Isaac Selva Raj, Stephen R. Bird, Ben A. Westfold and Anthony J. Shield
Reliable measures of muscle strength and functional capacity in older adults are essential. The aim of this study was to determine whether coefficients of variation (CVs) of individuals obtained at the first session can infer repeatability of performance in a subsequent session. Forty-eight healthy older adults (mean age 68.6 ± 6.1 years; age range 60–80 years) completed two assessment sessions, and on each occasion undertook: dynamometry for isometric and isokinetic quadriceps strength, 6 meter fast walk (6MFWT), timed up and go (TUG), stair climb and descent, and vertical jump. Significant linear relationships were observed between CVs in session 1 and the percentage difference between sessions 1 and 2 for torque at 60, 120, 240 and 360°/s, 6MFWT, TUG, stair climb, and stair descent. The results of this study could be used to establish criteria for determining an acceptably reliable performance in strength and functional tests.
Yu-Jen Chen and Christopher M. Powers
The purpose of this study was to determine if persons with patellofemoral pain (PFP) exhibit differences in patellofemoral joint reaction forces (PFJRFs) during functional activities. Forty females (20 PFP, 20 controls) underwent two phases of data collection: (1) magnetic resonance imaging (MRI) and (2) biomechanical analysis during walking, running, stair ascent, and stair descent. A previously described three-dimensional model was used to estimate PFJRFs. Resultant PFJRFs and the orthogonal components were reported. The PFP group demonstrated lower peak resultant PFJRFs and posterior component and superior component of the PFJRFs compared with the control group across all conditions. However, the PFP group had a higher peak lateral component of the PFJRF in three out of the four conditions evaluated. The lower resultant PFJRFs suggested that individuals with PFP may employ strategies to minimize patellofemoral joint loading, but it did not result in diminished lateral forces acting on the patella.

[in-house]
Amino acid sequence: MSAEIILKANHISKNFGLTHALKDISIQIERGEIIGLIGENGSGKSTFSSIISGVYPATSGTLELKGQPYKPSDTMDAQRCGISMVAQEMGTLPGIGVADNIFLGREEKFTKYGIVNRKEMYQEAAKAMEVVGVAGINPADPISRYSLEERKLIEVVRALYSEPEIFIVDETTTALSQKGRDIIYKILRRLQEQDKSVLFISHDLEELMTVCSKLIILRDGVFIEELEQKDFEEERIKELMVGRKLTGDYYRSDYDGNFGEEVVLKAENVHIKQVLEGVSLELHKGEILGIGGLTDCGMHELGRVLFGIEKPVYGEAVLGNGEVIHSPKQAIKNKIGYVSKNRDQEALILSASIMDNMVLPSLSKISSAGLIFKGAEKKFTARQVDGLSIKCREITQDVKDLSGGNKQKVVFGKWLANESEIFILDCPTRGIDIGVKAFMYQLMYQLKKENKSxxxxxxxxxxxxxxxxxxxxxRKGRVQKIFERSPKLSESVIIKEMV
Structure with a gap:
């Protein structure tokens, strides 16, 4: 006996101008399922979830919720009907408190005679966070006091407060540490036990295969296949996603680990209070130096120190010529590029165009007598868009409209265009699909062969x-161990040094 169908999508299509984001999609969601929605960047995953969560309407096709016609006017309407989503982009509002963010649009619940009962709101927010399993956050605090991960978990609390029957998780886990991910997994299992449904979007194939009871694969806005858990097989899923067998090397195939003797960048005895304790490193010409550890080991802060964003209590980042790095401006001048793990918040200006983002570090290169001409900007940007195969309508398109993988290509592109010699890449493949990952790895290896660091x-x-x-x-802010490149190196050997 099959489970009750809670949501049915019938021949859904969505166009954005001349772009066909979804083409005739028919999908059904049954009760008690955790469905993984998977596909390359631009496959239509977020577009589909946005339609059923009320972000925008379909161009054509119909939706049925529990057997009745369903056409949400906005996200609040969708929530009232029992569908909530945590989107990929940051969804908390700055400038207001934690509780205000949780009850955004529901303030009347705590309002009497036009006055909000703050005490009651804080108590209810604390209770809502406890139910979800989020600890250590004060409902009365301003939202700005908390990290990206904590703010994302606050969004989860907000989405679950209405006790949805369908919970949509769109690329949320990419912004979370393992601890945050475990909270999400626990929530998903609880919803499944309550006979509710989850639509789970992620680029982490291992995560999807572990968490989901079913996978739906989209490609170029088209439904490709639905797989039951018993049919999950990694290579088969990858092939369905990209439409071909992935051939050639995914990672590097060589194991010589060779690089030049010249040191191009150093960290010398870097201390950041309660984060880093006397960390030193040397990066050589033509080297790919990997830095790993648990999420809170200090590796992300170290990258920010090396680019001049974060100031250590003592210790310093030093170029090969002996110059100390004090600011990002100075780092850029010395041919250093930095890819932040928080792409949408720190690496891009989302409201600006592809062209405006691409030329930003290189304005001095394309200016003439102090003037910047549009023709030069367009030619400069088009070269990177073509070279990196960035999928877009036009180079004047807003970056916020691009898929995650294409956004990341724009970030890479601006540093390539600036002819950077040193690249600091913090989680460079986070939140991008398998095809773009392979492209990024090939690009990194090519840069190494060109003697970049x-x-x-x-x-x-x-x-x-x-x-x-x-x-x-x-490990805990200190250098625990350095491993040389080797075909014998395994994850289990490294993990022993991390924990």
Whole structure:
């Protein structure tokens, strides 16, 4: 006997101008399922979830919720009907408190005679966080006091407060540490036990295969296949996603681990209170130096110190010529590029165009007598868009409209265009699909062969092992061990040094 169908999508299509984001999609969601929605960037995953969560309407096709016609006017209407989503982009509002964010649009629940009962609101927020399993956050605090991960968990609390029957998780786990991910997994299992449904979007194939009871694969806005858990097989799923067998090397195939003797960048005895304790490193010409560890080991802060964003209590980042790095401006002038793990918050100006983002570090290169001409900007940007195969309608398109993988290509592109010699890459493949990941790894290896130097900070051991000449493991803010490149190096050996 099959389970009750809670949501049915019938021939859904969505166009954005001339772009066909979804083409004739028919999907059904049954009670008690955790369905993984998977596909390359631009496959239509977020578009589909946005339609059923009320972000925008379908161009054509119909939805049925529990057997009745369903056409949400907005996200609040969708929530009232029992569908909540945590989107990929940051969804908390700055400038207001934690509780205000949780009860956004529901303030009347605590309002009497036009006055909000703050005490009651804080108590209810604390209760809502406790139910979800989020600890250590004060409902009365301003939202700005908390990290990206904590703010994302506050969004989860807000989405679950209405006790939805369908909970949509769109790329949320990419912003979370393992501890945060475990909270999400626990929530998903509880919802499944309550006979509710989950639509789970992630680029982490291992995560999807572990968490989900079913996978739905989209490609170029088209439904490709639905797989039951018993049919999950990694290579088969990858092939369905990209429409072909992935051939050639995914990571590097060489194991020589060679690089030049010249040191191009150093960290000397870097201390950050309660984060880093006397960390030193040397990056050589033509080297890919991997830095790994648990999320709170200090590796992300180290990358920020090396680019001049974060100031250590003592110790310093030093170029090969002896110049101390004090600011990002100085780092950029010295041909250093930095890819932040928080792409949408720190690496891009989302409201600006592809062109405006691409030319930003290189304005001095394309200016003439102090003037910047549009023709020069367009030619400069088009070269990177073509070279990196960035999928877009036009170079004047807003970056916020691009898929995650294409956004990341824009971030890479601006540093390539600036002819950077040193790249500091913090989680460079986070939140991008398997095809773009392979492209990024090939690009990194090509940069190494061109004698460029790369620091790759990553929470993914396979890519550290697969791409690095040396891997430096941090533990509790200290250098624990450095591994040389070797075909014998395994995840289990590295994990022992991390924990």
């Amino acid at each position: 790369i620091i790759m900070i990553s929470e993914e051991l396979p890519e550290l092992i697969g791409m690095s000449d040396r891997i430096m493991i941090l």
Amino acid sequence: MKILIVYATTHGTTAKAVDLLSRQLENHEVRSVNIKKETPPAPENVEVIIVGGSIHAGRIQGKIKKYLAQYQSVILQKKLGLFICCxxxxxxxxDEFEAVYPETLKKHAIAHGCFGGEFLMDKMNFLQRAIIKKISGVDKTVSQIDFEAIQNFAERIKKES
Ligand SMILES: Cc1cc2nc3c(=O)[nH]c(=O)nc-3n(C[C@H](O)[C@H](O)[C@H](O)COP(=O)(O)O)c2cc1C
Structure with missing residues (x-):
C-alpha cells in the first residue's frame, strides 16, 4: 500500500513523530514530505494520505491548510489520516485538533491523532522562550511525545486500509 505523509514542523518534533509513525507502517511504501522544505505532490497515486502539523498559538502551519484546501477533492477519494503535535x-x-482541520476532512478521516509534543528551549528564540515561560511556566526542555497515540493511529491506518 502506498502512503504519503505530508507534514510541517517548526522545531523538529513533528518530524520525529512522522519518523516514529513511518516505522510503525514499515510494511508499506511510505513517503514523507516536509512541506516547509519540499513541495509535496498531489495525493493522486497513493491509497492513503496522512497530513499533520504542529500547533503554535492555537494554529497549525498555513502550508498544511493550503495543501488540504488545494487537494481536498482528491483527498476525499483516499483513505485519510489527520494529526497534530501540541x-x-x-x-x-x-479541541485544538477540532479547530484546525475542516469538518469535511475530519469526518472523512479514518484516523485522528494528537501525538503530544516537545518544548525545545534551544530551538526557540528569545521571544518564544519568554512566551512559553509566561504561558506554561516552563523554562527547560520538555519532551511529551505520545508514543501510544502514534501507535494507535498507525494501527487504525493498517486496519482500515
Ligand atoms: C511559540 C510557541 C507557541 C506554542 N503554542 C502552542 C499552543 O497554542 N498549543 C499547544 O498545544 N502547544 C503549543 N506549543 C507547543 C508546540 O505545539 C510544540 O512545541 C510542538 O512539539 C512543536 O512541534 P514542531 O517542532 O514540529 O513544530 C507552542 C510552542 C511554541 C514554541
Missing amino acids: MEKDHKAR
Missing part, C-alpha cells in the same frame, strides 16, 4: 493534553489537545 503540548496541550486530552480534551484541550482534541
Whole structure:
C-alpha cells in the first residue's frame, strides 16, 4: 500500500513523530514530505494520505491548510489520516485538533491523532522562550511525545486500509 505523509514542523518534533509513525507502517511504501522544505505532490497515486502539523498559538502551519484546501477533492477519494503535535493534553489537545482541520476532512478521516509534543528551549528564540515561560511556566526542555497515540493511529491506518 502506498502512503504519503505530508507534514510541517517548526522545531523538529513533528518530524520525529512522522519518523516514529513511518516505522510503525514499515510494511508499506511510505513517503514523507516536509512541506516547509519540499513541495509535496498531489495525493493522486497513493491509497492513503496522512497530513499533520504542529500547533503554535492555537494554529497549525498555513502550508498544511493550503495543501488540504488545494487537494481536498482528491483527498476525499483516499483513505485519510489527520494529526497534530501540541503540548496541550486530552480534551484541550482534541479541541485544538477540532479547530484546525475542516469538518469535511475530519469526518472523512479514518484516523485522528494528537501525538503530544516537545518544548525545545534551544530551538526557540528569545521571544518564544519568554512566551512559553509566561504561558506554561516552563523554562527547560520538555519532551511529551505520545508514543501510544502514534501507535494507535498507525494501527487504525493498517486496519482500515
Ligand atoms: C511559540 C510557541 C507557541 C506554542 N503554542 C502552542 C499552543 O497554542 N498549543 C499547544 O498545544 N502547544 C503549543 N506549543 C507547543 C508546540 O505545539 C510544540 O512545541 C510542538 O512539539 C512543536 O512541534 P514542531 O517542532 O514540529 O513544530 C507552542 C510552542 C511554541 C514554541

David Parsons and Wendy Gilleard
Patellofemoral taping is a technique used in the management of patellofemoral pain that has been shown to alter the pattern of muscle activation onset in symptomatic subjects. It is unknown, however, if this taping technique directly influences the patterns of muscle activity that controls patella position or if its benefits are more related to the effect of pain reduction. The purpose of this study was to investigate the effect of a taping technique on the muscle activation onset of selected quadriceps muscles where pain was not a confounding factor. Thirteen asymptomatic subjects completed a stair ascent and descent task with the right patella untaped and taped for a medial patella glide. Muscle activation onset was determined by computer algorithm from surface EMG of vastus lateralis (VL) and vastus medialis obliquus (VMO). Taping significantly delayed the muscle activation onset of VMO and VL during stair ascent. There was no significant change for stair descent. This effect may be an attempt by the motor control system to counter the mechanical effect of patella perturbation or may be due to cutaneous stimulation affecting threshold or recruitment of motor units.
Vera Moniz-Pereira, Silvia Cabral, Filomena Carnide and António P. Veloso